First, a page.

What happens if a cheque is unpaid, lost or stolen?
The bank is obliged to pay cheques in full or in part if there are available funds in the drawer’s account. However, it can refuse to make payment if it suspects that the signature has been forged or if the cheque has been reported as lost or stolen.
If a cheque is presented on time but cannot be paid in full, the drawer will be held liable. Any parties endorsing or guaranteeing the cheque may also be liable. The following action may be taken if this happens:
a) Legal action against drawers, endorsers or guarantors.
Payment may be demanded from:
- The person who wrote out and signed the cheque (the drawer).
- Any endorsers and guarantors of the cheque, provided the cheque was presented in due time and it can be shown that it was unpaid, by means of a:
- Notarial note of protest.
- Dated statement from the drawee stamped on the cheque indicating the presentation date.
- Statement from a clearing house, declaring that the cheque was presented in due time and that its payment was not settled.
The notarial note of protest or equivalent statement must be submitted before the presentation deadline expires, unless the cheque was presented in the last eight days of the presentation period, in which case it may be filed up to eight days after presentation.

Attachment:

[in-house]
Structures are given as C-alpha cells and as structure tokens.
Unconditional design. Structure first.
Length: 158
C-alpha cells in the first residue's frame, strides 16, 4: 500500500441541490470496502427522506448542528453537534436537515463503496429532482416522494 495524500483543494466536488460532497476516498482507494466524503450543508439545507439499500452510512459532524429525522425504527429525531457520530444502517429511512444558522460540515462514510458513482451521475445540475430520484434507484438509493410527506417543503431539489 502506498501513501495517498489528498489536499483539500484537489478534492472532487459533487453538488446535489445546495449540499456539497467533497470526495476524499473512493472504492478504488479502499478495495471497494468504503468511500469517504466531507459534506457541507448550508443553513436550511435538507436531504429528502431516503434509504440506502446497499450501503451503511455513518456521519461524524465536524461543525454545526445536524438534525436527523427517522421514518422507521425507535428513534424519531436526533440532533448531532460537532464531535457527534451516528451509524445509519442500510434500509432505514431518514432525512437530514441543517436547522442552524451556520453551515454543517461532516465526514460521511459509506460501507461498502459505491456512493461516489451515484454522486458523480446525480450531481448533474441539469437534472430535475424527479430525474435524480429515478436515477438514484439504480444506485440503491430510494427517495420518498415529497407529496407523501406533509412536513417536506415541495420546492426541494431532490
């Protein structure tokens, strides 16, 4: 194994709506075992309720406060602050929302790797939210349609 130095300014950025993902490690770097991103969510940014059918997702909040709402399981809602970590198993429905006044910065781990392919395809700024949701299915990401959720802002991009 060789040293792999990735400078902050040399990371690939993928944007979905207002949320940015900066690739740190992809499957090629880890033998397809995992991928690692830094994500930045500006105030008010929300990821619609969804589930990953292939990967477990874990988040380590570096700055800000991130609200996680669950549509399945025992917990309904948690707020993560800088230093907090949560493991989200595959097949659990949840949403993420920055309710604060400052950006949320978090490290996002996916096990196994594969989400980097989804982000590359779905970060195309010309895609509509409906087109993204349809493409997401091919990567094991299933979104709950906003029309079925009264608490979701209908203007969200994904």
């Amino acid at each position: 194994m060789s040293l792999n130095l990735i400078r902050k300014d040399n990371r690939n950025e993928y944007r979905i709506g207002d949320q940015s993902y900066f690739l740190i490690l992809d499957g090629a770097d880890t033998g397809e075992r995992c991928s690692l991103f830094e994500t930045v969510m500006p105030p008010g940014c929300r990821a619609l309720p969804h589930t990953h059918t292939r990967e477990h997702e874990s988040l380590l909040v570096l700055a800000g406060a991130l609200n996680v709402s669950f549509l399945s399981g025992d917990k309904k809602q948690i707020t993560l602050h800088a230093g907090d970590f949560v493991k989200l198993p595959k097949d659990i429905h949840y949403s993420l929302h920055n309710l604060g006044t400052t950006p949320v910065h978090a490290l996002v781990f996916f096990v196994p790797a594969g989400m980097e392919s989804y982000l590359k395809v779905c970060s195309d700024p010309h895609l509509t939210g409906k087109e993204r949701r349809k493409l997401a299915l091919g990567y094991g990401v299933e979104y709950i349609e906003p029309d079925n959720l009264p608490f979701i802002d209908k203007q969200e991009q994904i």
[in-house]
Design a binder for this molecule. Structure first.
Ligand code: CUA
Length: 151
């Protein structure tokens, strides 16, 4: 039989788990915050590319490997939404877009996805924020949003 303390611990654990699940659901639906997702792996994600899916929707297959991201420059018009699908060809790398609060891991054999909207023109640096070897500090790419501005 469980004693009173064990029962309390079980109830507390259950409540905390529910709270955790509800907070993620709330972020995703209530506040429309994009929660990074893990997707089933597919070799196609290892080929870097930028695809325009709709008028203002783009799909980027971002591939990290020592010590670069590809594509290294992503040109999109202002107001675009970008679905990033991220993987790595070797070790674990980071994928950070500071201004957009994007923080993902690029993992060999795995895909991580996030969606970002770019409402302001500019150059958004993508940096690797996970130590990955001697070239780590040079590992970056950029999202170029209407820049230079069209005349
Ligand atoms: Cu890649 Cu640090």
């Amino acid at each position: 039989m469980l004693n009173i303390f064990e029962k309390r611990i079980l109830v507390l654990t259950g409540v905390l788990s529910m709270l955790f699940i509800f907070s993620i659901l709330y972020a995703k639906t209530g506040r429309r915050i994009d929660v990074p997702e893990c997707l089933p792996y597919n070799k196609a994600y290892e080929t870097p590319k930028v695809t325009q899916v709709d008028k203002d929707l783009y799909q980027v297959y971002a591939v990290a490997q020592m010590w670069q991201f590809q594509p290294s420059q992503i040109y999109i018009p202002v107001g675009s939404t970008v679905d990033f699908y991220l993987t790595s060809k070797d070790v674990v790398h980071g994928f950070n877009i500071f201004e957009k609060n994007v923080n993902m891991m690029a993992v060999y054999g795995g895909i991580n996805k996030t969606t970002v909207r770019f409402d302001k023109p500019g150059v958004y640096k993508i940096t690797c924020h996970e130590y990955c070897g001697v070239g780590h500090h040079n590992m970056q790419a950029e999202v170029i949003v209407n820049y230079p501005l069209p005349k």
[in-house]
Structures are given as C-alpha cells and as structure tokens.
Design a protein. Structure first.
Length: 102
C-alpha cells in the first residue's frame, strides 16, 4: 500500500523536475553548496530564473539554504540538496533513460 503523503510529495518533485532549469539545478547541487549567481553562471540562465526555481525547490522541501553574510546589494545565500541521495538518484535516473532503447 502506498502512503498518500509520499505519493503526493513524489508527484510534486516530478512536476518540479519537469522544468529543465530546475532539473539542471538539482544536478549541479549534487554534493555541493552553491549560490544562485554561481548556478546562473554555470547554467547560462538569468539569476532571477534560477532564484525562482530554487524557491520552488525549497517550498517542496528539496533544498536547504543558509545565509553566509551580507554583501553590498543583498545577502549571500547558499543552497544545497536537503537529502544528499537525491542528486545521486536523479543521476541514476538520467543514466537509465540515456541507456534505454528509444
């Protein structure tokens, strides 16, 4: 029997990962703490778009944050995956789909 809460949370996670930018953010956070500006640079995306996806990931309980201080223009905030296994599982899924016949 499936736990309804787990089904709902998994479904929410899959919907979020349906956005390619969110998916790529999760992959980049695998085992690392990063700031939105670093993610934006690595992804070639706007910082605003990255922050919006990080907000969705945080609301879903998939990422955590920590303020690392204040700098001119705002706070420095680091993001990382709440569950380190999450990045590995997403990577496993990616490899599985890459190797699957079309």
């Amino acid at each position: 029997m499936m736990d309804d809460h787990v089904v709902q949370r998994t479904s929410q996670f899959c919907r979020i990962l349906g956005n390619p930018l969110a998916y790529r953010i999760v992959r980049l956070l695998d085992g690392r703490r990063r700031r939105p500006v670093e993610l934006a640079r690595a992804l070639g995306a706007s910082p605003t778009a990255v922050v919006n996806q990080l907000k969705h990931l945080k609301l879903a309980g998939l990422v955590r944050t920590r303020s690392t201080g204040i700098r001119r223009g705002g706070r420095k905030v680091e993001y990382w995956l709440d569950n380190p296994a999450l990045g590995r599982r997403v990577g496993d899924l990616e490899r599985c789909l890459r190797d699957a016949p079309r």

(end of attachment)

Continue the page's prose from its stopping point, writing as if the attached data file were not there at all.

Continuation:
Claims against drawers, endorsers or guarantors may be submitted up to six months after the presentation deadline.
b) Other general actions:
- Causal actions deriving from the business in relation to which a cheque was used (for instance, a purchase paid for by cheque).
- Action for unjust enrichment against the drawer and endorsers, if both reimbursement and causal actions are lost.
In the case of lost or stolen cheques, customers can initiate a voluntary legal procedure in the Spanish Commercial Court requesting that payment of a third party be prevented, or that the cheque be cancelled or its ownership recognised.
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